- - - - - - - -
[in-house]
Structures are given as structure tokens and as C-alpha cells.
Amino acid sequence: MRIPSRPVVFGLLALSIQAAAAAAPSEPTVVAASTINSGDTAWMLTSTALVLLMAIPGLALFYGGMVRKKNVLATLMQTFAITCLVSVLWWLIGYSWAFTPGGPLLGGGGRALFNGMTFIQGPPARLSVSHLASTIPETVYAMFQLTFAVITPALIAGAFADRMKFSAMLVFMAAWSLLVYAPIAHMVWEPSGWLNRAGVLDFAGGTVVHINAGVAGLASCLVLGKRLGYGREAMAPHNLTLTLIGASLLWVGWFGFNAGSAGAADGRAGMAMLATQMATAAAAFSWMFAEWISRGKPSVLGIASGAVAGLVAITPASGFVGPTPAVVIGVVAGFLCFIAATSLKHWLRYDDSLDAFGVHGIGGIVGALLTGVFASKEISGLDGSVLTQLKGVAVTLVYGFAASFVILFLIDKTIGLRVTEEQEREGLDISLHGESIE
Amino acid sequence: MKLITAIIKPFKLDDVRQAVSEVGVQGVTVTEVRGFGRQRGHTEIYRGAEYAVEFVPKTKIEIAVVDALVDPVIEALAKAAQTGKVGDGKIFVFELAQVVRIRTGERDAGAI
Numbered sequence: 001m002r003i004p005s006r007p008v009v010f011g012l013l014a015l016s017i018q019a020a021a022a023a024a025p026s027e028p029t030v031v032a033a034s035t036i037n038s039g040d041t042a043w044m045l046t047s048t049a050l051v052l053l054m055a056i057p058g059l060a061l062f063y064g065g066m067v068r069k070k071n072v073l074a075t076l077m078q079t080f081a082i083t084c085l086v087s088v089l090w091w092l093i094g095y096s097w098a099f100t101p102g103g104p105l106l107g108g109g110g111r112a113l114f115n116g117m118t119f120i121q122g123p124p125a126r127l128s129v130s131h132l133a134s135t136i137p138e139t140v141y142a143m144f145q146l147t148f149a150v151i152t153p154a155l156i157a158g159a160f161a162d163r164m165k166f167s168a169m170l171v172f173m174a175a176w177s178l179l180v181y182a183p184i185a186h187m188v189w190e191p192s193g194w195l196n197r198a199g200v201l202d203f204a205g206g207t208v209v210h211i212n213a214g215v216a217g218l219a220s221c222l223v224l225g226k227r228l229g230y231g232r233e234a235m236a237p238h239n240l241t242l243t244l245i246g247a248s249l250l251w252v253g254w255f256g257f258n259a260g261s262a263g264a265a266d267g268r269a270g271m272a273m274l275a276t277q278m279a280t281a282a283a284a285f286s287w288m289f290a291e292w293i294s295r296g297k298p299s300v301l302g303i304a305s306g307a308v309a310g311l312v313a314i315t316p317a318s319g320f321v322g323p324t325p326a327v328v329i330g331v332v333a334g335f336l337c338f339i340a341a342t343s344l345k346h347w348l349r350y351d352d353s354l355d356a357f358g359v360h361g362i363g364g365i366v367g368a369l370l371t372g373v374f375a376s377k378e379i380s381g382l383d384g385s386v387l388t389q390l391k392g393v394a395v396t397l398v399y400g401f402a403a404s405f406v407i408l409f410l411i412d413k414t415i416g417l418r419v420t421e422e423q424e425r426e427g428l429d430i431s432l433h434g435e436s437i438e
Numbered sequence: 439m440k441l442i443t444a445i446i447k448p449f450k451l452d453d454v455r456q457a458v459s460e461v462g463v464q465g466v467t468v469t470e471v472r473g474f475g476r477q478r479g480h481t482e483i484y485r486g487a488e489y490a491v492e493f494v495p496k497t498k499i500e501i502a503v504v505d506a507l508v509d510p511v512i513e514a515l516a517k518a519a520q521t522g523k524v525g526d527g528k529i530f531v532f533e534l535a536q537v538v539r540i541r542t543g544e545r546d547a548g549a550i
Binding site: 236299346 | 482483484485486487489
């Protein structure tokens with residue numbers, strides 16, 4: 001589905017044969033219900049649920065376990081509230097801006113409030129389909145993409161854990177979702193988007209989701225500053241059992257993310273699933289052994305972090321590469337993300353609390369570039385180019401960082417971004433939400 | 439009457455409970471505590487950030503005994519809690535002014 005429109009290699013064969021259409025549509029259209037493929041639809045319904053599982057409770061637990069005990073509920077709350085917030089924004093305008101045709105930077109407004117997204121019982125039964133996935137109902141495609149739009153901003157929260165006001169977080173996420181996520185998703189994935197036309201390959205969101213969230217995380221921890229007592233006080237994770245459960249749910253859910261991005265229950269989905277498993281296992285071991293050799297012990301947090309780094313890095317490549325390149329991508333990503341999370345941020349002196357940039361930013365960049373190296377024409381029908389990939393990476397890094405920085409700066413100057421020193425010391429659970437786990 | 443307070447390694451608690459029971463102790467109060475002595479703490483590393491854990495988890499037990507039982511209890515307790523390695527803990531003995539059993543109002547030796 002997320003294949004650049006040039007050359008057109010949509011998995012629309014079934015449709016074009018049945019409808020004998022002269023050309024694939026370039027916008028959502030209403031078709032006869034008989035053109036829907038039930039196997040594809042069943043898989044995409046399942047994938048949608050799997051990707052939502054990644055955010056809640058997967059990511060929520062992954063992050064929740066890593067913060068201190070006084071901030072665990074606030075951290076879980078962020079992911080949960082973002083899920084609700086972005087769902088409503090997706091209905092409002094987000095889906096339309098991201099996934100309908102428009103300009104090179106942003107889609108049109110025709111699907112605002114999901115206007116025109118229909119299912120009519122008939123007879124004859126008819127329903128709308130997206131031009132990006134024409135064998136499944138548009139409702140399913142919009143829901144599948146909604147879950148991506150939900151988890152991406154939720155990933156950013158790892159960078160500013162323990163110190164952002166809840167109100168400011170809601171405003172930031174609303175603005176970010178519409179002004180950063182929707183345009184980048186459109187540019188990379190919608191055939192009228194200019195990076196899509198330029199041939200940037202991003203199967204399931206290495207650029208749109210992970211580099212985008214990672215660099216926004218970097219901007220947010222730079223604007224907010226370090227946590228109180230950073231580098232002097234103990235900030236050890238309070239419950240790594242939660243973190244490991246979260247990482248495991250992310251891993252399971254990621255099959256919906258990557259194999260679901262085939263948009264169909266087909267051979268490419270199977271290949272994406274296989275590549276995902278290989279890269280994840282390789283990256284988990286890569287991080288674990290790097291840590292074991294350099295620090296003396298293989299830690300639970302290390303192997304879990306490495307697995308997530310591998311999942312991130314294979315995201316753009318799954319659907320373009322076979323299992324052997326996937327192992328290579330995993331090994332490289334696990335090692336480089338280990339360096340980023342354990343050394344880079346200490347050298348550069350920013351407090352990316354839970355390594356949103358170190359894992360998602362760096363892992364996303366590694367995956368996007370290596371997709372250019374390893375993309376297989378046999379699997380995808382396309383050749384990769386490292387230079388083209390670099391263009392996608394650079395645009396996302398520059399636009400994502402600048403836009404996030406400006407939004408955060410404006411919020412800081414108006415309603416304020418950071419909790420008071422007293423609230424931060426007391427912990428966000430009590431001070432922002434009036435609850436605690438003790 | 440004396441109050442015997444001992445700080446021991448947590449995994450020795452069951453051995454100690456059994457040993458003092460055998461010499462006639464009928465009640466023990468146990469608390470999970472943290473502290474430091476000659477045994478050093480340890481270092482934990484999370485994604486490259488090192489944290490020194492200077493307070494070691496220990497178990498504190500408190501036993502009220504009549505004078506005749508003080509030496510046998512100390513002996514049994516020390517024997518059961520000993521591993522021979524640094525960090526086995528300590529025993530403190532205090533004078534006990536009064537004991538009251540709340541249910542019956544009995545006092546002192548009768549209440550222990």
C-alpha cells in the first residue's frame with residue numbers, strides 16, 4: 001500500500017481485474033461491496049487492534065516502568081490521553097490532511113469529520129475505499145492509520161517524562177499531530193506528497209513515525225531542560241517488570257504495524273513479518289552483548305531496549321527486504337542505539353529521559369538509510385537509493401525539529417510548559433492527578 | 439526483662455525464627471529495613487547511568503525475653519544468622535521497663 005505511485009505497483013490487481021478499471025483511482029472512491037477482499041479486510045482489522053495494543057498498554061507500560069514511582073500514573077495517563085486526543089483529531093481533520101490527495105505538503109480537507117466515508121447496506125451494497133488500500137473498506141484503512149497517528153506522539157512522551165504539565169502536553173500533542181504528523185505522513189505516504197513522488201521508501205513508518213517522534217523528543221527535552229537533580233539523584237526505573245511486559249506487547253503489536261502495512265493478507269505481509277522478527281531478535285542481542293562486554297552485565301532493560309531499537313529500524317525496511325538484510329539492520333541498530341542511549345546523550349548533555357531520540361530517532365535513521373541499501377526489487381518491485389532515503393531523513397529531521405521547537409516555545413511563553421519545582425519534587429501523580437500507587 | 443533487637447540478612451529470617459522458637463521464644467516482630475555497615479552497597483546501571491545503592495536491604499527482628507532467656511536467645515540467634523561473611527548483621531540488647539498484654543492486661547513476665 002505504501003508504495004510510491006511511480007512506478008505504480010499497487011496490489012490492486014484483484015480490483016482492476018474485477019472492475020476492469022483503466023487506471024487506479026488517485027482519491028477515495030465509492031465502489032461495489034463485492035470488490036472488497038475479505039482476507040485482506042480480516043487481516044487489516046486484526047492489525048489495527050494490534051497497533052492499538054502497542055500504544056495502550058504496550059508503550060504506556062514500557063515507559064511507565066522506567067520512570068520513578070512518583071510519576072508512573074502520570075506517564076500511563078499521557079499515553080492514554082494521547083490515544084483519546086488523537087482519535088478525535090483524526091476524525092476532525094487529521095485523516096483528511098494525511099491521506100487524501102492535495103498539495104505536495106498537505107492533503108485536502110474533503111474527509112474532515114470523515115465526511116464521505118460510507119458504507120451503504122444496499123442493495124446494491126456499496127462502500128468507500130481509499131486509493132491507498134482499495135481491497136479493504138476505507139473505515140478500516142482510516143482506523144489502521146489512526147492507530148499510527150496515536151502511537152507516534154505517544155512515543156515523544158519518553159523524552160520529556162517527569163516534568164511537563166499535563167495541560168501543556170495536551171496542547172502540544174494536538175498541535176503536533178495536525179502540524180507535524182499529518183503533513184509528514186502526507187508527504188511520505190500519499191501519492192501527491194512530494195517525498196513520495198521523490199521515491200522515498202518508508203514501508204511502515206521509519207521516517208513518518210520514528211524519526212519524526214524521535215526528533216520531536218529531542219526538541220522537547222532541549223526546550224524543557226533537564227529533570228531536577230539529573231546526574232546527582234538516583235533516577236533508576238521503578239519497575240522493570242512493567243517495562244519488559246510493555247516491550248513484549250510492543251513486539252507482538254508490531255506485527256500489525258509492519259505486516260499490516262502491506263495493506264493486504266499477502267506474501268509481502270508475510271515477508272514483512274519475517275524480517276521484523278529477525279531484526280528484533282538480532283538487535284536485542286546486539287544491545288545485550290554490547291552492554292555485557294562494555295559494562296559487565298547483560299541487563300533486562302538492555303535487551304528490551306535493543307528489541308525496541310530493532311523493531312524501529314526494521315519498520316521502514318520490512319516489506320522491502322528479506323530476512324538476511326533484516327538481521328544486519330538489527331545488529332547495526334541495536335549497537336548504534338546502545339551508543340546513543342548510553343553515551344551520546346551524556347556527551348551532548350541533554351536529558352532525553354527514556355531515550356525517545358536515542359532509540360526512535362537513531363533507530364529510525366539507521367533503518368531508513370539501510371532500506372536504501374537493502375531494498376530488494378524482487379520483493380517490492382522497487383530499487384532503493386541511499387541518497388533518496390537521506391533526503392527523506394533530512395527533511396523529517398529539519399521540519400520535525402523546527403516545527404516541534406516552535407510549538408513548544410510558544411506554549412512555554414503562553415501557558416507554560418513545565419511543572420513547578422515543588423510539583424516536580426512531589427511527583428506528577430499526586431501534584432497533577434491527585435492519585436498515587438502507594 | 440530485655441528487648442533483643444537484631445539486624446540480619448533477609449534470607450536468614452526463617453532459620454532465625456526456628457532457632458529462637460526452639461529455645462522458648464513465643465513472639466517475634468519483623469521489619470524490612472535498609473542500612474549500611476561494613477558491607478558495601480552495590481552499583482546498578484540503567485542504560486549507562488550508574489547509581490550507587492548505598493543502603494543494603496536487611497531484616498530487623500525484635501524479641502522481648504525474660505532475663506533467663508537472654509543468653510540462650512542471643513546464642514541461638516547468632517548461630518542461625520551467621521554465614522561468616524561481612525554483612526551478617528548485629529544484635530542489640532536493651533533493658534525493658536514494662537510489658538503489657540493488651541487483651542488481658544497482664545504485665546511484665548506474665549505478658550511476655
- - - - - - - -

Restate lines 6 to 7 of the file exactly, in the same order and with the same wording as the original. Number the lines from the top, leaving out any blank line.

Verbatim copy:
Numbered sequence: 439m440k441l442i443t444a445i446i447k448p449f450k451l452d453d454v455r456q457a458v459s460e461v462g463v464q465g466v467t468v469t470e471v472r473g474f475g476r477q478r479g480h481t482e483i484y485r486g487a488e489y490a491v492e493f494v495p496k497t498k499i500e501i502a503v504v505d506a507l508v509d510p511v512i513e514a515l516a517k518a519a520q521t522g523k524v525g526d527g528k529i530f531v532f533e534l535a536q537v538v539r540i541r542t543g544e545r546d547a548g549a550i
Binding site: 236299346 | 482483484485486487489